Taking Christ to the World

This phrase is ringing in my ears. I’m not sure exactly why – I haven’t heard anyone else use it recently, nor have I read it. There is something about the post-resurrection stories from the gospels in the New Testament and from the beginning of the book of Acts that seems to call forth this phrase in me.

Taking Christ to the World.

I’ve never thought of myself as an evangelist (though I do consider myself evangelical in the strict sense – that the story of Jesus is good news (meaning of the world “Gospel”) which I want to share and believe others need to hear. But I’m not been the type to ask folks on the street, or even my neighbors, if they know Jesus.

Funny thing, though. Over the last several months I’ve found myself several times in intense conversation with people who describe themselves as atheist, agnostic, or apathetic re: all things “god” – without exception they’ve been folks who have some background experience with Christianity, but it and life have left them doubting or simply not caring. They also have very painful stories of brokenness to tell, broken lives to which I believe Jesus’ love can bring wholeness.

And so I find myself wondering what it means to take Christ to the world – how my life becomes a place where I as a Christ-bearer (a meaning of the word christian) represent and even reveal His love to them in a redemptive way. And how, in reverse and simultaneously, I might be like the friends in the story from Mark 2:1-12, who carry their wounded brother to Jesus so that he might receive a blessing. What does it look like for me to carry someone to Jesus.

Taking Christ to the World. Does the world want to meet Jesus? Its a tricky question, I think because so many have represented Jesus in such a way that people think they know who He is, and what being a follower of His means, and they don’t want any part of it. There is so much baggage to unpack in some folks lives. What does one do when the very people who tell us about Jesus are also abusers and violators and idolaters? How then can the true message of Jesus be separated from the experience with those personalities? Where is the accountability and responsibility? What is the church to do in ministry in the world where this scenario is so common?

What is Forest Grove to do in response to this call? The local church, as the Body of Christ, is to love one another in His name, to worship God-Father, Son and Holy Spirit, to help followers of Jesus grow till they reach maturity in Christ. But this is for the sake of the world. Our love for one another (when its real and visible) is a sign and foretaste of the kingdom of God. Our ministry to others becomes a manifestation of Christ’s ministry in the world, and is at the same time our act of worship to Jesus. And presumably there is good news to tell, that God loves creation and desires its wholeness, and so has redeemed it from a self-centered entropy-toward-oblivion back to a position of right relationship with the Creator. This redemption has the capacity (by the work of the Holy Spirit), to make right our human relationships – as parents, children, spouses, siblings, neighbors. This redemption puts into perspective the brokenness of this life, offering hope for the hopeless and help for the helpless.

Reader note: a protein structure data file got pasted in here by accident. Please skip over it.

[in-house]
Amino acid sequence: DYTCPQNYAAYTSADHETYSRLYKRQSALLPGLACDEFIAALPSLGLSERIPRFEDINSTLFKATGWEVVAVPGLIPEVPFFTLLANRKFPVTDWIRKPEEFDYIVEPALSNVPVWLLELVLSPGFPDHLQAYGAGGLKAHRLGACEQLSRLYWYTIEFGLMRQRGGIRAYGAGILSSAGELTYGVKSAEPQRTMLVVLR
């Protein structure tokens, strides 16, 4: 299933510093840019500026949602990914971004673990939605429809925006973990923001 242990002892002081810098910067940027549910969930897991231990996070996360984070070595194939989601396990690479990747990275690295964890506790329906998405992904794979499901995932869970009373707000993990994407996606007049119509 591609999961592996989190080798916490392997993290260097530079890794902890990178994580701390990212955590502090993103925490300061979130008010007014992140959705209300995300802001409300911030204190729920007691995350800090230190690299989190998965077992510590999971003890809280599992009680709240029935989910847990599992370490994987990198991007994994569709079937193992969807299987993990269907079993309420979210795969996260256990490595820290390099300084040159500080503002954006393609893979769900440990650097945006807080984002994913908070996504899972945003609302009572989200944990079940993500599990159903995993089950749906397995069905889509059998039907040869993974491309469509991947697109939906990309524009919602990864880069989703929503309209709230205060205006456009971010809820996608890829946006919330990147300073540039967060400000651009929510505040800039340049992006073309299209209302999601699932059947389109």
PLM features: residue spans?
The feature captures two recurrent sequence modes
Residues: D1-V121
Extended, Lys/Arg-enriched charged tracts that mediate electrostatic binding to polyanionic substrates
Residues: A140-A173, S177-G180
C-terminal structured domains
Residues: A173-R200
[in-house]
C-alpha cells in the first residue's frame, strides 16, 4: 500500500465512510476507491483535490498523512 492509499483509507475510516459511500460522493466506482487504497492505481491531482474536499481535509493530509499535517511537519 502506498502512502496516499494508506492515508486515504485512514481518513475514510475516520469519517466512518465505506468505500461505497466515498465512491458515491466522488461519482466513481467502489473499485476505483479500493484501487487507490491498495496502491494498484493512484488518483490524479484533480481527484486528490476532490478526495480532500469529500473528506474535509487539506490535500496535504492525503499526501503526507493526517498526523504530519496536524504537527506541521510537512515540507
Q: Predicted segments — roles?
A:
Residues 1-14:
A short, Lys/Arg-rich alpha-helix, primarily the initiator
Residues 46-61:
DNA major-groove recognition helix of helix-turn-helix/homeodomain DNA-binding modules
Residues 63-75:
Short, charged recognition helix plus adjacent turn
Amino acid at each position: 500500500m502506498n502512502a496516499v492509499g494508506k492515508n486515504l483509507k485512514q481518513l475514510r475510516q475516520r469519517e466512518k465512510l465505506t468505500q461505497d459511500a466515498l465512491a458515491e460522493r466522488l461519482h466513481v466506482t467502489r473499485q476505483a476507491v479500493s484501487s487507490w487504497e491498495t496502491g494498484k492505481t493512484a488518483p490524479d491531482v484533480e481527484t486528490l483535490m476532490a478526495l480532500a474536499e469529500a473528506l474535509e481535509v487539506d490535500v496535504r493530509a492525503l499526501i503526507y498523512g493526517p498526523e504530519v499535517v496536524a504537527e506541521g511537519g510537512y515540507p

Who wouldn’t want some of that? And who are we to withhold it from others? And ought we not do all within our capacity to convey that good news, in word and in deed, to those into whos midst God has placed us? And ought we not to lay aside our own wants for the sake of the Kingdom of His Son? Ought we not to say in everything, How does this Glorify God and How does it advance the Kingdom?

If we are not taking Christ to the world, we are doing neither. I feel so personally challenged by this call – Take Christ to the World. And I feel personally drawn to make some sense of this in relationship with the people around me, in ways that so honor and respect who they are, from where they have come, and what God is up to in their lives that they can not help but understand how much Christ cares for them. I do not know what all this means for my life or my ministry, but I am stirring with excitement for what God might do in me.

I am reminded of a time years ago, when I was in college and together with some close friends of mine was involved in starting a soup kitchen to feed children in Lubbock, Texas. We had such a clear sense that what we were doing for Jesus really mattered in the lives of people. We were living out the call to feed the hungry and give drink to the thirsty. We were also mindful of Jesus’ conversation with the woman at the well in John 4:14 “Those who drink of the water that I give them will never be thirsty. The water that I give will bcome in them a spring of water gushing up to eternal life.”

I want to do both – am called to do both – offer literal water for the thirsty, and be a channel through which others might receive Christ’s living water, that they too might become an overflowing spring.

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